"Now, the question as to whether or not this shortening is an indicator of cellular aging or of some kind of other biological problem is largely debatable," Lee cautioned, "because the shortening of telomeres is also associated with a lot of diseases. Heart disease, Alzheimer's and diabetes, for example. Even mothers with children who have certain disabilities have been shown to, themselves, have shorter telomeres."
All this "makes it really difficult to figure out exactly what's going on, whether telomere length is an independent factor in aging or a consequence," Lee added. "It could, in fact, be both. We're not really sure."
Study author Schaefer acknowledged that "at this time, there are no practical implications of knowing telomere length. Telomere length may help us to better understand the factors that underlie aging, but it cannot predict health or disease with any precision. The health effects of a number of behaviors that are related to telomere length, such as smoking, are well known."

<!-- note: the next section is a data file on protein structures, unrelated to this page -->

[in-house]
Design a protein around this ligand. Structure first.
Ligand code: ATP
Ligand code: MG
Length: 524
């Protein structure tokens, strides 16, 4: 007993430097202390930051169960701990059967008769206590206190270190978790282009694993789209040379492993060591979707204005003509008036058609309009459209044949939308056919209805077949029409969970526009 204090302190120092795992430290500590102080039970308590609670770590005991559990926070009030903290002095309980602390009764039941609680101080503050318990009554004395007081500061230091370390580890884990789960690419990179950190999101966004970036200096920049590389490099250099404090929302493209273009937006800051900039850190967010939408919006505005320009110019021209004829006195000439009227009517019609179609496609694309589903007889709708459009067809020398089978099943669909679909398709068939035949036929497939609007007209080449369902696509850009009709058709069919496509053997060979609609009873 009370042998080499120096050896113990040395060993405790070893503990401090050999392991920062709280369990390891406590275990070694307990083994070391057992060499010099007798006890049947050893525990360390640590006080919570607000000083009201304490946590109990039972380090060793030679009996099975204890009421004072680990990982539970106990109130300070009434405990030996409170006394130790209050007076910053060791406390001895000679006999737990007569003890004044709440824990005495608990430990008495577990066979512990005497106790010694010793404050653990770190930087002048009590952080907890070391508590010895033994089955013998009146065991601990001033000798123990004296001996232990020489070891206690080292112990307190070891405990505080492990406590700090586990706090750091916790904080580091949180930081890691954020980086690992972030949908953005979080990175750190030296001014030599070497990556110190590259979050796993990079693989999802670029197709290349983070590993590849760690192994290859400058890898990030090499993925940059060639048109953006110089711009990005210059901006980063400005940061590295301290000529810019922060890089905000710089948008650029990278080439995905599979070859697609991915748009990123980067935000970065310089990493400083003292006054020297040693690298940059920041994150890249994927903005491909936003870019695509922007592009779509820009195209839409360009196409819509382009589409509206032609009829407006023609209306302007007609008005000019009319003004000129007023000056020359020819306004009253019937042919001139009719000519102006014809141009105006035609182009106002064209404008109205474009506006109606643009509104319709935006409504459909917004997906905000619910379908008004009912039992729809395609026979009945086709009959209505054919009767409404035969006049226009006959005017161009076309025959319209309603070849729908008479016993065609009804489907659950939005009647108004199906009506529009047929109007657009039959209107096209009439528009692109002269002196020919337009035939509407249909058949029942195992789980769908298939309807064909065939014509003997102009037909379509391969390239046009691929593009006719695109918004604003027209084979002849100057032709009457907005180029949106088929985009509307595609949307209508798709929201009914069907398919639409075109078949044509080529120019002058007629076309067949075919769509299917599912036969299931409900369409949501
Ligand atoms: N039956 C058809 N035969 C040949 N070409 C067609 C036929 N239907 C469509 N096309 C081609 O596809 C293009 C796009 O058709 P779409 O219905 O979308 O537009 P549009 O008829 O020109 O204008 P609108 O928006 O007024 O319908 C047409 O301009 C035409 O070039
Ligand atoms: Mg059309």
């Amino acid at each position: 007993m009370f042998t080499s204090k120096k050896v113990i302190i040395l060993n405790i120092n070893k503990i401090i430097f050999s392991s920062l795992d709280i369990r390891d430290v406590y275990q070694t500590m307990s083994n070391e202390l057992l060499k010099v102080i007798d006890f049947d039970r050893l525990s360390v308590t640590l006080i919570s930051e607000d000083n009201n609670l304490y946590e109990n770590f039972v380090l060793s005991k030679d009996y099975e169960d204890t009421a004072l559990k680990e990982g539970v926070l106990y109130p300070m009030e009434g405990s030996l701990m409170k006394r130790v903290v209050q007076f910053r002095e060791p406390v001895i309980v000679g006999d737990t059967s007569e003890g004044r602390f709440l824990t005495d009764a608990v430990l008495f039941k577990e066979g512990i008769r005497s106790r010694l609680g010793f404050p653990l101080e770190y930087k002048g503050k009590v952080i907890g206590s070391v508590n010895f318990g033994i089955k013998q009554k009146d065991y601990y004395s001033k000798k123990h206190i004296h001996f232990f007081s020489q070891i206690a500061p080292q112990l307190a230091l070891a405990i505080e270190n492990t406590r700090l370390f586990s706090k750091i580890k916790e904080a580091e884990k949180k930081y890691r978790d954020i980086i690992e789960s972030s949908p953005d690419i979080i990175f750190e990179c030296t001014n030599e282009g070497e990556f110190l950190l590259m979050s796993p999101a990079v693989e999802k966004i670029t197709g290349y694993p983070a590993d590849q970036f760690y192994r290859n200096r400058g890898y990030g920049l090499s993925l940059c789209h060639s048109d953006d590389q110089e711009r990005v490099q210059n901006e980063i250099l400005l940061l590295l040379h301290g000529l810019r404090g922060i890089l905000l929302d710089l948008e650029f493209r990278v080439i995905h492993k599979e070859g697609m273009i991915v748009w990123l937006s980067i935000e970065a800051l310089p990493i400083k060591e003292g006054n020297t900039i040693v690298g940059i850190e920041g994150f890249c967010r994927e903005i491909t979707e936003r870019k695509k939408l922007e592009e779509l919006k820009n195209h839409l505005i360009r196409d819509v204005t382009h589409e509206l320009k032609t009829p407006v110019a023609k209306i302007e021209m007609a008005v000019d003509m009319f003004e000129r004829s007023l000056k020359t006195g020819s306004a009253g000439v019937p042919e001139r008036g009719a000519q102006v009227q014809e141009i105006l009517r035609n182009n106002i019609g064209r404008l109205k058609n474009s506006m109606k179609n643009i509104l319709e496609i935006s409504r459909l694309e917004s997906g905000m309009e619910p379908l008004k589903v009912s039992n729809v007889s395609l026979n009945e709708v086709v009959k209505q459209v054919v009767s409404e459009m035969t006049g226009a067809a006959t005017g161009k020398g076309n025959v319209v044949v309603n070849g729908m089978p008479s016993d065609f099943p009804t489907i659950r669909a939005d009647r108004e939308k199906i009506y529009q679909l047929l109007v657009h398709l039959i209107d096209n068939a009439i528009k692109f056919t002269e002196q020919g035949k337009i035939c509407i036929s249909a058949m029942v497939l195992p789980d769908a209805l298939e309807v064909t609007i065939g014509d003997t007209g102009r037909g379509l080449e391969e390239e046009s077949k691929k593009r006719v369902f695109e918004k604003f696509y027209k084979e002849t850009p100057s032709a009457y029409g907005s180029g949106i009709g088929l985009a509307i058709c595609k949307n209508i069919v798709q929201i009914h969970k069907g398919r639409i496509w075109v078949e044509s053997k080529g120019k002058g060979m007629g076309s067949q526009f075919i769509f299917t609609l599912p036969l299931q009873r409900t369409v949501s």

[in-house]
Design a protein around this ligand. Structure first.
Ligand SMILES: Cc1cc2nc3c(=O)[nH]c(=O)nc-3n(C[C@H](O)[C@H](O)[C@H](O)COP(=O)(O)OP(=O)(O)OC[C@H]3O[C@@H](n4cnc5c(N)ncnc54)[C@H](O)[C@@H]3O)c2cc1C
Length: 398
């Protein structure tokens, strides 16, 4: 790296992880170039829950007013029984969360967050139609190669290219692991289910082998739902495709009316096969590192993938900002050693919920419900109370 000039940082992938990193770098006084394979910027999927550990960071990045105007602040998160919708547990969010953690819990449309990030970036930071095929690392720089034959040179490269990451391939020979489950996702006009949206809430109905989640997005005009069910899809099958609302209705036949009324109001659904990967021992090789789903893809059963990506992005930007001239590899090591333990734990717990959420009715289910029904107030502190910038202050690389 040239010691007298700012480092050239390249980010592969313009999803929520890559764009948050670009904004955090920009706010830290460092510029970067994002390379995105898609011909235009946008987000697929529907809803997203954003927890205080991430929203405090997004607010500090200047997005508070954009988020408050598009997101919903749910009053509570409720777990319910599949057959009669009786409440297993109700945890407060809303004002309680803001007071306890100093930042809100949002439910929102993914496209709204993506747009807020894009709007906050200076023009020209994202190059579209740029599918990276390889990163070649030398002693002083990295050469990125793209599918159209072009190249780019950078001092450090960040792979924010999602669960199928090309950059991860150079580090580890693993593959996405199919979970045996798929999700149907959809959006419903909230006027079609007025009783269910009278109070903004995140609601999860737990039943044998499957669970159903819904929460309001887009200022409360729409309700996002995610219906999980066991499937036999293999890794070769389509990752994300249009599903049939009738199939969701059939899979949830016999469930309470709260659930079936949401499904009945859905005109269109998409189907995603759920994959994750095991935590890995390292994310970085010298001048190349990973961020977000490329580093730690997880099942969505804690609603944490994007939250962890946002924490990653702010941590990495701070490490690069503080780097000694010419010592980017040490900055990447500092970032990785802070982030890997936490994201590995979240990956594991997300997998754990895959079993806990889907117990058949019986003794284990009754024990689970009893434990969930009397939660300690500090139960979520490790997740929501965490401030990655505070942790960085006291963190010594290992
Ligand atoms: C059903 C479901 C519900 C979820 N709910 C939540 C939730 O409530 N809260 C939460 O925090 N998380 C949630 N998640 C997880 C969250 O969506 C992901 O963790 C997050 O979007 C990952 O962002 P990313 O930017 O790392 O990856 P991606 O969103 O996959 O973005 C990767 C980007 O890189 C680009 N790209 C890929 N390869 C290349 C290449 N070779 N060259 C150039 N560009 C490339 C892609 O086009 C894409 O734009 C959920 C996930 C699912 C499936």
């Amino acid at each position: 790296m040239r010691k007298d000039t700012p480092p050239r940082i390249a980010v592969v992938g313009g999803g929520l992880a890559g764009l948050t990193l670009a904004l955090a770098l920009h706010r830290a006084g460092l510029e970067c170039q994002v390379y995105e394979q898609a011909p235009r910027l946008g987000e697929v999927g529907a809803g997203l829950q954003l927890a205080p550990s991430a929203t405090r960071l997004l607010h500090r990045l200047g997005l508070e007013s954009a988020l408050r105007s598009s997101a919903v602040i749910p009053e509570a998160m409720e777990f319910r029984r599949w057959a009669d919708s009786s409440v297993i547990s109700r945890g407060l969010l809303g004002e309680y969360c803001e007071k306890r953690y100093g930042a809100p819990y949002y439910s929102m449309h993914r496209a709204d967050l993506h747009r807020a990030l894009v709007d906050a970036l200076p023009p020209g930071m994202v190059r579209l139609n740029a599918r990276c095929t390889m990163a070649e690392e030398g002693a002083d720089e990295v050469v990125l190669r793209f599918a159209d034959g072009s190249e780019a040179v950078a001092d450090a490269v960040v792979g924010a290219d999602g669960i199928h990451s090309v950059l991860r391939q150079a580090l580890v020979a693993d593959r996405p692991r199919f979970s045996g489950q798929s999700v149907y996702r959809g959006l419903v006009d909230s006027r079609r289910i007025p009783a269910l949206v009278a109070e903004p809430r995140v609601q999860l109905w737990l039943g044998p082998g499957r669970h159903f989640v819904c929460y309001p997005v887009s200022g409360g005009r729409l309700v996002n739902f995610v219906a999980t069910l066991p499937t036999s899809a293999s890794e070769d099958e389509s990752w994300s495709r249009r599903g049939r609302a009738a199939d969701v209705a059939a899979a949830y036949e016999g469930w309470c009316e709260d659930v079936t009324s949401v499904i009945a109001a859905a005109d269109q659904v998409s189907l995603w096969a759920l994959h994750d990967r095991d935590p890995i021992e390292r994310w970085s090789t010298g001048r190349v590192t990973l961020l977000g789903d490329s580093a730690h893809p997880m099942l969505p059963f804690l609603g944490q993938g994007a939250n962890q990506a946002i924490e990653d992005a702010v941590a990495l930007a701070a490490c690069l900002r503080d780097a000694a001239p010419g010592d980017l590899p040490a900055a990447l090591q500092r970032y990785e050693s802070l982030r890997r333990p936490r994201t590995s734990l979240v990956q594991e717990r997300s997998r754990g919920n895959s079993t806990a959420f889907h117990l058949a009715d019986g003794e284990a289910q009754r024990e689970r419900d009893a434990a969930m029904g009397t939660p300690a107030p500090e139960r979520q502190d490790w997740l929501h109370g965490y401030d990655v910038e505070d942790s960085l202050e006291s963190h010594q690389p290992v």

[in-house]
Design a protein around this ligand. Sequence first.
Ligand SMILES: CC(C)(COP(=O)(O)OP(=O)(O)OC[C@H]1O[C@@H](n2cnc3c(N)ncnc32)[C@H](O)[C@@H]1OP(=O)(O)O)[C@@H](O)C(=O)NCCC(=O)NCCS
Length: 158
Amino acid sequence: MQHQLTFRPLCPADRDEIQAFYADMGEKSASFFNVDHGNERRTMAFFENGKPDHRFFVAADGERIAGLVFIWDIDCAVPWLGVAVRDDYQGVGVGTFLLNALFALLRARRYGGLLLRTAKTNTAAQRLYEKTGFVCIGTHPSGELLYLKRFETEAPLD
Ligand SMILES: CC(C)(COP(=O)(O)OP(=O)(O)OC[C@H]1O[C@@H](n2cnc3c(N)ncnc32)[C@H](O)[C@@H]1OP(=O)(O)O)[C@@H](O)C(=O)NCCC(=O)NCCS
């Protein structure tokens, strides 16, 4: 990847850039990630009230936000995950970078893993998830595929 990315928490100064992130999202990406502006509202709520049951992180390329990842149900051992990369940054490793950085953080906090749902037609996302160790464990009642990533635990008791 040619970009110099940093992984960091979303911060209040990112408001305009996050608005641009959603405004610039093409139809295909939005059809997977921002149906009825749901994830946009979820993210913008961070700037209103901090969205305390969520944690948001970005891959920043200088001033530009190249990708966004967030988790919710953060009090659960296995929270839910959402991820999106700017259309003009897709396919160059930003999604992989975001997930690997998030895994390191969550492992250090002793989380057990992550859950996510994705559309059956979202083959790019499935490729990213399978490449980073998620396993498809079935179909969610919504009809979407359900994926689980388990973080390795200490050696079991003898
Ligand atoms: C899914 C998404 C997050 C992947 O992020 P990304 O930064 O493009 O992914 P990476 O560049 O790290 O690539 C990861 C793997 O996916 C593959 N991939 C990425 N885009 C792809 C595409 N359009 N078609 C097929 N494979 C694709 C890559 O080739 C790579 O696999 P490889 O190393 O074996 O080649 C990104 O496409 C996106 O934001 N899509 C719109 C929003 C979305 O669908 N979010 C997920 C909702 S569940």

Because this study was presented at a medical meeting, the conclusions should be viewed as preliminary until published in a peer-reviewed journal.
And while the study found an association between telomere length and mortality, it did not prove a cause-and-effect relationship.
For more about telomeres, visit the University of Utah.
SOURCES: Catherine Schaefer, Ph.D., director, research program on genes, environment and health, Kaiser Permanente, Oakland, Calif; Joseph H. Lee, Ph.D., human geneticist, and associate professor of clinical epidemiology, Columbia University Mailman School of Public Health, New York City; Nov. 8, 2012, presentation, American
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